Customer Service | Help | FAQ | PEP-Easy | Report a Data Error | About
:
Login
Tip: To refine your search with the author’s first initial…

PEP-Web Tip of the Day

If you get a large number of results after searching for an article by a specific author, you can refine your search by adding the author’s first initial. For example, try writing “Freud, S.” in the Author box of the Search Tool.

For the complete list of tips, see PEP-Web Tips on the PEP-Web support page.

Deri, S. (1990). Szondi's Genetically Based Schicksalsanalysis as a Parameter of Psychoanalysis. Psychoanal. Rev., 77(4):503-510.

(1990). Psychoanalytic Review, 77(4):503-510

Szondi's Genetically Based Schicksalsanalysis as a Parameter of Psychoanalysis

Susan Deri

Lipot Szondi was a Hungarian-born physician who lived and worked in Zurich after World War II. The bulk of his work concerns the genetic, psychological, and psychiatric study of human destiny. A psychiatrist whose research in endocrinology led to a lifelong interest in human genetics, he was both a shrewd observer and a system maker of unique originality. He developed a theory of the effect of one's genetic heritage on life choices as well as on pathology. Clinically, his Schicksalsanalysis was intended to reveal the genetic underpinnings of repetitive transference configurations, through tracing familial patterns beyond the parental imprinting. In a slow-moving, highly personal writing style, consistent with his theory, he produced in five volumes and in unhurried epic form the scientific “story” of the nature of human destiny. Destiny is examined in the light of (1) Genetics, (2) Diagnostics, (3) Pathology, (4) Ego Psychology, and (5) Therapy.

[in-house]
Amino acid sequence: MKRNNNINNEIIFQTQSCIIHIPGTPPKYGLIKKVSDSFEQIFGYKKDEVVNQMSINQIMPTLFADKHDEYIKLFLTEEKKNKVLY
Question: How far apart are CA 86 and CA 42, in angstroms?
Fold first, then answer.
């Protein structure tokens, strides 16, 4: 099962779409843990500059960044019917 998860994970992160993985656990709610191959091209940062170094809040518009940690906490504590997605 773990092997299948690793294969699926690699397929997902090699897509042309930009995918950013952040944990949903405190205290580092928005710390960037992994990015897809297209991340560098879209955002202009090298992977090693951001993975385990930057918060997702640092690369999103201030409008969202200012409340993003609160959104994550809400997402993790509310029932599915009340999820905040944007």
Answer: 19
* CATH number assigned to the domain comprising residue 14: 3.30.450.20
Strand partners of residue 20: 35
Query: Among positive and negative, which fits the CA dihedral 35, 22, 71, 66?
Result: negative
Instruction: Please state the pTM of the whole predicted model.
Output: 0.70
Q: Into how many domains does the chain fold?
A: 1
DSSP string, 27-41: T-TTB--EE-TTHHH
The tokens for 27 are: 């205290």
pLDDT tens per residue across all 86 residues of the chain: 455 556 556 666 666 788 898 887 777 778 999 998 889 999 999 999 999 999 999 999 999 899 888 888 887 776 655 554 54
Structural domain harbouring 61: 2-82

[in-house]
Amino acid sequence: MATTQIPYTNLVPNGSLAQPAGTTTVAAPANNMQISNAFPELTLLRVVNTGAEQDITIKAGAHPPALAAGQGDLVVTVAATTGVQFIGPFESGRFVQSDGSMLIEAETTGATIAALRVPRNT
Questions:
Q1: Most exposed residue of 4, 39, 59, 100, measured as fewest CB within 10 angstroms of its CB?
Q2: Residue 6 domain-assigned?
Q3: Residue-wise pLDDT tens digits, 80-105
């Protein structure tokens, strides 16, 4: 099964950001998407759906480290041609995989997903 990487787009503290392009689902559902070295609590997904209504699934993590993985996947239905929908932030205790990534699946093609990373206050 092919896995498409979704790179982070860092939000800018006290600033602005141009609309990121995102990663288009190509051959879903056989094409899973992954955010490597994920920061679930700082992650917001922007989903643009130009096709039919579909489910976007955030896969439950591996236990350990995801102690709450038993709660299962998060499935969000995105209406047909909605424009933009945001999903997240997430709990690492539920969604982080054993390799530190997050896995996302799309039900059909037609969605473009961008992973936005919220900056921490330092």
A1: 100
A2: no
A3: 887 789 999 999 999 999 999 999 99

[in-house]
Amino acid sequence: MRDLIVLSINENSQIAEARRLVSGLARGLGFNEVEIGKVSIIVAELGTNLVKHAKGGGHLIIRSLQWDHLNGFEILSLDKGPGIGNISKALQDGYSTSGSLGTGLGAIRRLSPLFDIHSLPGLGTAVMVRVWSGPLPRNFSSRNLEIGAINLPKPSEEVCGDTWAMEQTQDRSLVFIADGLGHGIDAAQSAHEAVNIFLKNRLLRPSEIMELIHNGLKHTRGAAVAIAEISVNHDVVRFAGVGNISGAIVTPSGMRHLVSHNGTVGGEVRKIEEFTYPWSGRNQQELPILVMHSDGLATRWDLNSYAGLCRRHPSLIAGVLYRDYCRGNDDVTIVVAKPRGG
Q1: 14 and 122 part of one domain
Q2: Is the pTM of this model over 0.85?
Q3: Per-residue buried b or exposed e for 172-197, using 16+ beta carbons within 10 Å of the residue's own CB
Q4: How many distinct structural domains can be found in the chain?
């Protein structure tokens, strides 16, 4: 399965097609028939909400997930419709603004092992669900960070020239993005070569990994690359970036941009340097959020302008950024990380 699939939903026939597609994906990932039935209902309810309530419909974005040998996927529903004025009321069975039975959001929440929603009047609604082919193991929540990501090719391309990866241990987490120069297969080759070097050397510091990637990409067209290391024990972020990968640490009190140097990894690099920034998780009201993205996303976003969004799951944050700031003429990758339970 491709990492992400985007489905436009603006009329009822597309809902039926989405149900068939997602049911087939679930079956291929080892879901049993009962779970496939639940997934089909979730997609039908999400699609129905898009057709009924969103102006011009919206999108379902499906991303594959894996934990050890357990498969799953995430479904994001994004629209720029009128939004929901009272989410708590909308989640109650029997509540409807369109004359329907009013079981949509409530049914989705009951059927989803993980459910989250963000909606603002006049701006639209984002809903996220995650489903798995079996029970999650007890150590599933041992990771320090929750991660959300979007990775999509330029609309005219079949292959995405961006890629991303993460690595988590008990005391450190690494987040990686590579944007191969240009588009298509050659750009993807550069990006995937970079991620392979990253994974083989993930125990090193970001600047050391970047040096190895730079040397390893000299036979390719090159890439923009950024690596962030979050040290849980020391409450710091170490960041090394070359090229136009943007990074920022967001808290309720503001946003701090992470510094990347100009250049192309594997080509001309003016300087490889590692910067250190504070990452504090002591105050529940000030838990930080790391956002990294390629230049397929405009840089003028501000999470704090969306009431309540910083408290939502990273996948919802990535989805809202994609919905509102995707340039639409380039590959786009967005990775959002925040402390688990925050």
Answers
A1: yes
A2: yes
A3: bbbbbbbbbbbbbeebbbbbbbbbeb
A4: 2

His work centered on the extrication of the concept of “destiny” from its mythological and fatalistic connotations. The destiny-spinning Morae are identified as our personal genetic endowment, the genes handed down to each individual by an indeterminate number of ancestors. This biological substratum of the personality forms the inherited layer of the unconscious. To differentiate it from the Jungian collective unconscious and the Freudian repressed unconscious, Szondi called it the familial unconscious.

Szondi

[This is a summary or excerpt from the full text of the book or article. The full text of the document is available to subscribers.]

Copyright © 2020, Psychoanalytic Electronic Publishing, ISSN 2472-6982 Customer Service | Help | FAQ | Download PEP Bibliography | Report a Data Error | About

WARNING! This text is printed for personal use. It is copyright to the journal in which it originally appeared. It is illegal to redistribute it in any form.